Bamboo Flute

Re: Bamboo Flute

as it’s currently listed at 17quid It doesn’t seem much of a risk does it. However, I can just about promise you that it’s not much of a flute… perhaps as a starter instrument just to get a feel for the transverse embochure or whatever but not for playing Irish flute…

Olwell does make bamboo ‘Irish’ flutes for $100 or so that are actually quite decent if not tuneable;

if its the deep dark Molloy sound you’re looking for , I’ve yet to see any but a true wood-flute do the job. If you do buy online, I strongly suggest you check the return policy as I would never buy an instrument outright without getting a chance to try it for a few days at least….

good luck!!

Re: Bamboo Flute

well, since its so cheap i dont see the harm. i cant guarantee you it will be in tune, but hopefully it would make a great sound.

what i would get it for would be to get my hands used to the spread, but dont expect much.

i have a bamboo flute in g that was about 60 or more new. it is not in tune at all but it makes the best tone.

if you can afford it use it to practice while you’re waiting for a good wood one to show up or to arrive / be made. if you’re lucky it might be session playable. but… doesnt look too promising.

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Re: Bamboo Flute

Cheers for the advice all

Re: Bamboo Flute

Flutes are best made out of a dense material. i actually have porcelain flutes that play beatifully. Bamboo is not a dense wood, hence the somewhat airy sound. Also, you get whatever nature provides in terms of bore diameter, so it’s almost impossible to make the intonation from note to note accurate, let alone get it into a particular key.

They can be fun to play, but get yourself a good wooden flute.

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Re: Bamboo Flute

Looks like junk to me. I’ve seen these things before. They are un-tunable, and have the worst intonation you can imagine. If you can’t afford a real flute, wait and save up for one. You will be glad you did.

Good rule of thumb with buying instruments…. don’t buy unless you’ve played it! Cheers

Re: Bamboo Flute

I was just talking to a woodwind maker today, who was considering making some bamboo flutes. Apparently, there are two distinct approaches regarding bores: one is to use the natural bore of the cane, thus retaining its natural waterproof coating, but, as Ailin says, you get whatever nature provides as regards bore shape and diameter; the other approach is to line the bore with some kind of hard material (a resin or lacquer) and re-bore it to the dsired dimensions.

Re: Bamboo Flute

If it’s a Steve Cox flute of Tallgrass Winds as advertised, it’s a really good bamboo flute (just a slight step down from an Olwell or Rhiannon bamboo flute). Bamboo flutes, when well made, can be in tune through about the low D to the third octave D thanks to the slight conicality of bamboo. They can also have as deep a sound as a traditional wooden flute.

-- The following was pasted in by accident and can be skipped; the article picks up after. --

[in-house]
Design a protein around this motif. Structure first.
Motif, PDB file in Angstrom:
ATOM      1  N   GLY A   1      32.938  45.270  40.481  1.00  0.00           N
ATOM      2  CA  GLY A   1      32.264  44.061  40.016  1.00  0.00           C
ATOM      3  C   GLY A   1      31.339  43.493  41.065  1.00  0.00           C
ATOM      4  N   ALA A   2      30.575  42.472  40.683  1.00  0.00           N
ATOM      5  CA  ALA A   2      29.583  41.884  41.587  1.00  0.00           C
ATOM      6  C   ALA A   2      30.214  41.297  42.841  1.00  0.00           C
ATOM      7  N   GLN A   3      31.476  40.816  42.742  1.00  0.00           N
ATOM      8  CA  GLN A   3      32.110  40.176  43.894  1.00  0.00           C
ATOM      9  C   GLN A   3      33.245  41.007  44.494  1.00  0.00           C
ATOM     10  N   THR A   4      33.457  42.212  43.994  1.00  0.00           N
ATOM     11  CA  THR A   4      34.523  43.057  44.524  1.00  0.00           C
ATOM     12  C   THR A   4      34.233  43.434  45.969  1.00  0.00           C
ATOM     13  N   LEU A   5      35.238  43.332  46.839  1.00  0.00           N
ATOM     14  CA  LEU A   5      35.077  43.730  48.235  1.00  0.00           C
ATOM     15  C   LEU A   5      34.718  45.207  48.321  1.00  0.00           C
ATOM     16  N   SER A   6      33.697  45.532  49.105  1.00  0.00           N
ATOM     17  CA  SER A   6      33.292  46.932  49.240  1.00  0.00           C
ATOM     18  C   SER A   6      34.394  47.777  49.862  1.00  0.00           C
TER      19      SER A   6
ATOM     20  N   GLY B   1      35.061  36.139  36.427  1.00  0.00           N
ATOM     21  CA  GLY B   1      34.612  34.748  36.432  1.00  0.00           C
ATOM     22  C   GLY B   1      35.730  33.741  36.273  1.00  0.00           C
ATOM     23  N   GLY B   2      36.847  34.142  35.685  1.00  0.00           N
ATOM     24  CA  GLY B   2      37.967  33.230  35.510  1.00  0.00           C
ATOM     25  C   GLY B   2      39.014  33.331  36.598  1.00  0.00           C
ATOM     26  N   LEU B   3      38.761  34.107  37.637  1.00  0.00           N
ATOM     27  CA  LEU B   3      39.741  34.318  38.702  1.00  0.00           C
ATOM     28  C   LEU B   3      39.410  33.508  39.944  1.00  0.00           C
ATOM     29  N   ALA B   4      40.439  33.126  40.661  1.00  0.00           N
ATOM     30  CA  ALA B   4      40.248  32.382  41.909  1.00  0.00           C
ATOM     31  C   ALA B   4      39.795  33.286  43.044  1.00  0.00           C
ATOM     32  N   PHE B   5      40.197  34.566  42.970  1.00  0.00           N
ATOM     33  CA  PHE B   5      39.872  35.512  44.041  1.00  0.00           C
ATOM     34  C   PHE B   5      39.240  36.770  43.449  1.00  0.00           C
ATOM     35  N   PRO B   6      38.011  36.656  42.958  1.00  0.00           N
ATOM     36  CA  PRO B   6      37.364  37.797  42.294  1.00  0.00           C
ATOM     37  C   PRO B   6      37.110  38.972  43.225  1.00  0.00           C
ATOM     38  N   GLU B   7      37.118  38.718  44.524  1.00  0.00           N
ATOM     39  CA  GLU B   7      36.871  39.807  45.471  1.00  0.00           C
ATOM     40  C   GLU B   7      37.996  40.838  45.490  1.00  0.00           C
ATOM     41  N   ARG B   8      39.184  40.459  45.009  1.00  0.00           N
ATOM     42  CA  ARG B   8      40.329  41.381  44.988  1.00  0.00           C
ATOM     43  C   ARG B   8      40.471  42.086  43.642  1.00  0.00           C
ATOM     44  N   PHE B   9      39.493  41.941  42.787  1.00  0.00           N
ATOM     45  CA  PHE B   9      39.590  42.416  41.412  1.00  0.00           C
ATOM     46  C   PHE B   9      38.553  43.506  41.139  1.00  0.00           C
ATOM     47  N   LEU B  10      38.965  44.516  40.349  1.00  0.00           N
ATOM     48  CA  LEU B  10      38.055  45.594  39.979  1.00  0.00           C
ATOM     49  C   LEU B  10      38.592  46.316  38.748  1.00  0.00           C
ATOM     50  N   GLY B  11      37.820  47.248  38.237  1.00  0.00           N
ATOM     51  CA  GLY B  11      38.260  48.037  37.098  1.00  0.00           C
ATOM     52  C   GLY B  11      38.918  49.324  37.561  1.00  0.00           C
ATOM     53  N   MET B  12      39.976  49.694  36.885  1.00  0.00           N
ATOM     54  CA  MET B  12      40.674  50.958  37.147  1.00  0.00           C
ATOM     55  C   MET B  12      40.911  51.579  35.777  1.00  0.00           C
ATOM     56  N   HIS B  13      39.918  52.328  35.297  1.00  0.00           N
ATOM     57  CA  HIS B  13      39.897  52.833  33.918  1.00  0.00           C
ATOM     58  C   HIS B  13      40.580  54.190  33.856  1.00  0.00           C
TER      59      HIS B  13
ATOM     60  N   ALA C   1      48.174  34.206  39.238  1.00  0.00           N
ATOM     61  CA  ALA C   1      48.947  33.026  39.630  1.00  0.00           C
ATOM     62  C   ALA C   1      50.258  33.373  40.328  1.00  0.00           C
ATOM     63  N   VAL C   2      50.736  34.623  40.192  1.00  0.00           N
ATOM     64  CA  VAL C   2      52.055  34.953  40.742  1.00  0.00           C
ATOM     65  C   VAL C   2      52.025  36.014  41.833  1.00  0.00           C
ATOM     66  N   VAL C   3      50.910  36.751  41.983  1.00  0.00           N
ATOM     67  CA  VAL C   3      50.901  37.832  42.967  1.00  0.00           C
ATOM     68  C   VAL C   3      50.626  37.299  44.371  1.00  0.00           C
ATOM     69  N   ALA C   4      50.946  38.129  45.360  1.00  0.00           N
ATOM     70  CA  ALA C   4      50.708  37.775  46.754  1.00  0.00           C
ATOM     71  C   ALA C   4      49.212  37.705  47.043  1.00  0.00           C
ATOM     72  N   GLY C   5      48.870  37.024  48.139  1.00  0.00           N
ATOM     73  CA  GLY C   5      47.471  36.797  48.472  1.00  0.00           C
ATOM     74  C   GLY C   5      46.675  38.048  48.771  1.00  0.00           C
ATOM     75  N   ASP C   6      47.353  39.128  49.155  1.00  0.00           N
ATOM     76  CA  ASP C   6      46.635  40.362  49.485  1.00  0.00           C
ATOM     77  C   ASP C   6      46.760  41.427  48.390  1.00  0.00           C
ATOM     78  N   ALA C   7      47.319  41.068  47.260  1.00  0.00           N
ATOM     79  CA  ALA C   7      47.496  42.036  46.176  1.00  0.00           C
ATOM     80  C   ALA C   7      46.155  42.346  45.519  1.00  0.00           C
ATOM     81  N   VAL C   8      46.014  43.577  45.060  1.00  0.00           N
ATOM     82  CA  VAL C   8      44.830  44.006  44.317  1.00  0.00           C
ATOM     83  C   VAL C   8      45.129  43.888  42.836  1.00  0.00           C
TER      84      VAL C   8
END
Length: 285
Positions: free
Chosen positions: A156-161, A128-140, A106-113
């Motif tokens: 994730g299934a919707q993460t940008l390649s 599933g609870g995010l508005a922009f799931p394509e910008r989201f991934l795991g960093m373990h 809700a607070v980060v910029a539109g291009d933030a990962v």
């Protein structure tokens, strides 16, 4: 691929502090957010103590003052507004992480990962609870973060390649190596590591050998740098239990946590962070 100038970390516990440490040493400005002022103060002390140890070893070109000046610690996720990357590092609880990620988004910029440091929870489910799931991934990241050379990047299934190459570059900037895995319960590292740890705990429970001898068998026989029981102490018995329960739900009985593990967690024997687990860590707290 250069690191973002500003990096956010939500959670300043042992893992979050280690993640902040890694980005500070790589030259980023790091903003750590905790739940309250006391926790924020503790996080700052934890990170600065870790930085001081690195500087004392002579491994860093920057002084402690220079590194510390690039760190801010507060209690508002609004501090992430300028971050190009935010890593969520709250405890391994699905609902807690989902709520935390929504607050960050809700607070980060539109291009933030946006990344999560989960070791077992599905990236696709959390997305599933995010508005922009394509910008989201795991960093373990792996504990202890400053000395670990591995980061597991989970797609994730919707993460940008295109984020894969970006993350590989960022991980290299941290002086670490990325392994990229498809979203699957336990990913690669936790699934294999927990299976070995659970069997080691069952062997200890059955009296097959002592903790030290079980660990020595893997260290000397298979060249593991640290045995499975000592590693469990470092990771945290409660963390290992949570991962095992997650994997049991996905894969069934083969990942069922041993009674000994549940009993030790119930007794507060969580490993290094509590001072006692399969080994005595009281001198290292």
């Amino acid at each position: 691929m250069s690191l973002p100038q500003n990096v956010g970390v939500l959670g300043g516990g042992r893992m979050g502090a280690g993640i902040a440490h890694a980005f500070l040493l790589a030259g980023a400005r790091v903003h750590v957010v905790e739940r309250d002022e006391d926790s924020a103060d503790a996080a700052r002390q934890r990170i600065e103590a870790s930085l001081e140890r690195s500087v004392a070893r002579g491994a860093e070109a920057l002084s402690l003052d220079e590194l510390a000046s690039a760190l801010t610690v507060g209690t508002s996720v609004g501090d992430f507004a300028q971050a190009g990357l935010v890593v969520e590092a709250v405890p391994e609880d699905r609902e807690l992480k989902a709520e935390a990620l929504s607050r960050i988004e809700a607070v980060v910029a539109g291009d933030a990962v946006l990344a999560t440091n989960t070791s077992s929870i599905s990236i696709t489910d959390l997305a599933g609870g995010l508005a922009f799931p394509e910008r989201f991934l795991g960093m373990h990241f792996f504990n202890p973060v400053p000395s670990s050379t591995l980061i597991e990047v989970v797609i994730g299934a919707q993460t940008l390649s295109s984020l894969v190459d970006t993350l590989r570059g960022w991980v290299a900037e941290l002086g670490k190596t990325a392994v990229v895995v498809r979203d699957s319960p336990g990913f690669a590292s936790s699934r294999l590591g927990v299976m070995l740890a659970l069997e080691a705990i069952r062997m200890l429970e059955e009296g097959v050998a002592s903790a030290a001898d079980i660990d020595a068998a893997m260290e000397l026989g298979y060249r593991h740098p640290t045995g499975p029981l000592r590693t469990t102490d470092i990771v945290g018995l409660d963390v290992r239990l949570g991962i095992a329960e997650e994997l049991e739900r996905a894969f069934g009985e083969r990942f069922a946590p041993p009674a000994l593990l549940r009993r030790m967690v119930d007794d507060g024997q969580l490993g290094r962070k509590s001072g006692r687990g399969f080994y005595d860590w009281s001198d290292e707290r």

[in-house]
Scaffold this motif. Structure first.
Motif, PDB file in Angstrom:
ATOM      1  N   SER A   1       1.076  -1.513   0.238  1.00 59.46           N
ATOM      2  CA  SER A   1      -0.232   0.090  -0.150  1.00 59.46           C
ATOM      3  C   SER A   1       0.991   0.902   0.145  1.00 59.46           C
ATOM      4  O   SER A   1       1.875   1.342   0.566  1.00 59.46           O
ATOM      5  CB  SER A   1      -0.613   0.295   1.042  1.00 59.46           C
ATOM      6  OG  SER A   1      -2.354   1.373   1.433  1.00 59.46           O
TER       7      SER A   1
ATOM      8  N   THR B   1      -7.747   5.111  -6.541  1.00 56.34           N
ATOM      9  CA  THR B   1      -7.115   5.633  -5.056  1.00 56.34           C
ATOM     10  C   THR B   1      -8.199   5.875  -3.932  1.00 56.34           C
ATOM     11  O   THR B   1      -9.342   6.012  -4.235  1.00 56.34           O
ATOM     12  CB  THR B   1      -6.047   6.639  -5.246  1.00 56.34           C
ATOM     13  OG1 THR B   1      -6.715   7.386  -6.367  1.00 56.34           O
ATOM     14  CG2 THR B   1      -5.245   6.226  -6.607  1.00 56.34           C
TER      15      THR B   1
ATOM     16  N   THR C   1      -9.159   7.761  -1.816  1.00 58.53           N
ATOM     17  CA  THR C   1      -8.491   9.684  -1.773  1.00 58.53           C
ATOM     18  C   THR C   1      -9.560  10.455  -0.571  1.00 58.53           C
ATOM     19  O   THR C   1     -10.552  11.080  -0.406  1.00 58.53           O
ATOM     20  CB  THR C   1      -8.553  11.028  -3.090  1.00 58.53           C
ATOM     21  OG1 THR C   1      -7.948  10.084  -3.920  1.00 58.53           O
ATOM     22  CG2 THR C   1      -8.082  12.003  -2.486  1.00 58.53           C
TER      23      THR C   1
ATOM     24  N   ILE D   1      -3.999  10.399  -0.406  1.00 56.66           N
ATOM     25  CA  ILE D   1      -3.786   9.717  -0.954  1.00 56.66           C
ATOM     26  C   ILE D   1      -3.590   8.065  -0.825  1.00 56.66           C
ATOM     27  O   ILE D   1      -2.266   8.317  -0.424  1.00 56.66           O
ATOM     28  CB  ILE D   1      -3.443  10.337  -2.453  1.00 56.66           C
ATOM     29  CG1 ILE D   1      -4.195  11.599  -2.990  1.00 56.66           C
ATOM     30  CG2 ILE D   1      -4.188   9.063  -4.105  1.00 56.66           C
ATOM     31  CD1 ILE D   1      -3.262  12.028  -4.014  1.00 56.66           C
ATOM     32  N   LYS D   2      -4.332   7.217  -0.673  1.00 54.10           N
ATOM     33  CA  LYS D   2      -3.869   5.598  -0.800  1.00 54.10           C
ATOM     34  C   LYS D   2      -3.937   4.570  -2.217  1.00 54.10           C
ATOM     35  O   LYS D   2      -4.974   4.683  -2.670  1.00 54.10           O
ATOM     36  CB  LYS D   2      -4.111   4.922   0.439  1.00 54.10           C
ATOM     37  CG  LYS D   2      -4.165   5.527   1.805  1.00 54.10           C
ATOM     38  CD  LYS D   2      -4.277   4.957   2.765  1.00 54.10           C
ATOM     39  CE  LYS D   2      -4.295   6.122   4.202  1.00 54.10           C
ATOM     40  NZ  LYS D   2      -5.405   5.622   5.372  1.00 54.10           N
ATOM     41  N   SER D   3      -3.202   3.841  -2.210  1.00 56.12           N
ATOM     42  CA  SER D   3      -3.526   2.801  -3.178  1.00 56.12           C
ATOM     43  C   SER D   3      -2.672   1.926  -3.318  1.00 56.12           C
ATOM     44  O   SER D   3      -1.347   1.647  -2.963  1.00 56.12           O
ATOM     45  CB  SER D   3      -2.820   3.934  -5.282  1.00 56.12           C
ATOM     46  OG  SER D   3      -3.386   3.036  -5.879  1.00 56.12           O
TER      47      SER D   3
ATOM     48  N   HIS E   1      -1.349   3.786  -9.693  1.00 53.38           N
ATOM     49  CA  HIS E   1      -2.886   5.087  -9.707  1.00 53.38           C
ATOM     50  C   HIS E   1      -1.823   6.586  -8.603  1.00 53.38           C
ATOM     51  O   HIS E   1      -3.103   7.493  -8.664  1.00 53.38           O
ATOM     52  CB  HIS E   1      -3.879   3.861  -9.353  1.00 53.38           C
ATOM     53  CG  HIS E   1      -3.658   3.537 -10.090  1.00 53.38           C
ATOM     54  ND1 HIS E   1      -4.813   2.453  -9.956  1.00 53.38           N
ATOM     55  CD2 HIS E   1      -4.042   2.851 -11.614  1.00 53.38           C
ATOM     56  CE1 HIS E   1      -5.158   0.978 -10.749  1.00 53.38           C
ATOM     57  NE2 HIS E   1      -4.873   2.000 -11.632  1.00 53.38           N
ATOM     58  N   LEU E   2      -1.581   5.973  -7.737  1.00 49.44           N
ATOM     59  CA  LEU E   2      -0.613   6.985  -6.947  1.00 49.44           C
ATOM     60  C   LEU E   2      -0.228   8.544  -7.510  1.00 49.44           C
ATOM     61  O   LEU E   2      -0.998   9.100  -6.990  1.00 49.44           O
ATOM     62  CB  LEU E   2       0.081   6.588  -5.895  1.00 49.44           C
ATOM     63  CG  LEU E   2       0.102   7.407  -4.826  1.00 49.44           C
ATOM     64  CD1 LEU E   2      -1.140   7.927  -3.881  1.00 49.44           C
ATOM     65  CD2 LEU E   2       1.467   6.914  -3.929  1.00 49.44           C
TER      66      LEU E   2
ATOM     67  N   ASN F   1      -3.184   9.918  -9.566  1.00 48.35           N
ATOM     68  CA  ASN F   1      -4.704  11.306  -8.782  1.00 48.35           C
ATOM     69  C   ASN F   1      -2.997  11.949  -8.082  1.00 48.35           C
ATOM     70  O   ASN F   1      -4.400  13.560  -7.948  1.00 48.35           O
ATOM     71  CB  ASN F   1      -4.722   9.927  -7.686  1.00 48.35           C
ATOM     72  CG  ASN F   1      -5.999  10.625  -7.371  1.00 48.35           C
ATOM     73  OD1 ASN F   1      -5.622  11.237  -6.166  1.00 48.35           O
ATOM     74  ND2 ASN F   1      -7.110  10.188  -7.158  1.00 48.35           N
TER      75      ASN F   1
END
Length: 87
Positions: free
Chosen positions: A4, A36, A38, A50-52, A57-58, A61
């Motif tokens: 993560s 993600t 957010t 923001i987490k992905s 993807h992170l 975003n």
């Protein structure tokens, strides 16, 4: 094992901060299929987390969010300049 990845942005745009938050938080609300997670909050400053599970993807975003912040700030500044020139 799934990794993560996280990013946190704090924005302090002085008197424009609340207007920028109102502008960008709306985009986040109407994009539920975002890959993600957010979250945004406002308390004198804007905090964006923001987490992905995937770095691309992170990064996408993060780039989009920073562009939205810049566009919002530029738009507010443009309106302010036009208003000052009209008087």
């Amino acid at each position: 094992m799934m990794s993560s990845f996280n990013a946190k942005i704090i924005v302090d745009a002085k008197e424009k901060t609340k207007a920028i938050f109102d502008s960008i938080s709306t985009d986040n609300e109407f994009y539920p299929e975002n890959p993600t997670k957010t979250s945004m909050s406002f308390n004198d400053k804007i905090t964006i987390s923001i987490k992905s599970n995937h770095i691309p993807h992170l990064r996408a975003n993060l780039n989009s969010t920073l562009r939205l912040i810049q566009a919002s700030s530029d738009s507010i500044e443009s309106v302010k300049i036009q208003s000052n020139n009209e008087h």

Look, if a non-professional like me can make a bamboo flute in tune throughout two octaves, a good maker can, too. The key is selecting pieces with the right wall thickness and bore size.

That said, the majority of bamboo flutes are terrible things made by middle easter manufacturers. And, I’ve yet to see a bamboo flute with a slide for tuning although I have heard people have cobbled together one.

Anyone here heard any Indian bansuri players playing on professional grade bansuri (k.e. - bamboo flutes)? They’re incredibly expressive and truly fine instruments.

Just like wooden flutes, bamboo flutes have been around for ages because when well made they are wonderful instruments and not just toys.

There, that’s my rant and I’m sticking to it….


Re: Bamboo Flute

Why not listen to some of Brian Finnegan’s playing? He uses bamboo, and has a brill sound.

Here in Tasmania, Tom Walwyn plays them in the session in Hobart, and manages to obtain a beautiful tone, for quickies, as well as slow airs.

Some might remember the All-Irelands 1985. A flute player was marked down for using a drainpipe flute. The tone didn’t matter apparently, just the appearance. That flute ended up being requested for three different albums.


Re: Drainpipe flute

Perhaps it was just the fact that it was a *different instrument*, regardless of how well it was played or how good it sounded. What if someone were to enter the All-Ireland playing a Hardanger fiddle tuned to standard fiddle tuning?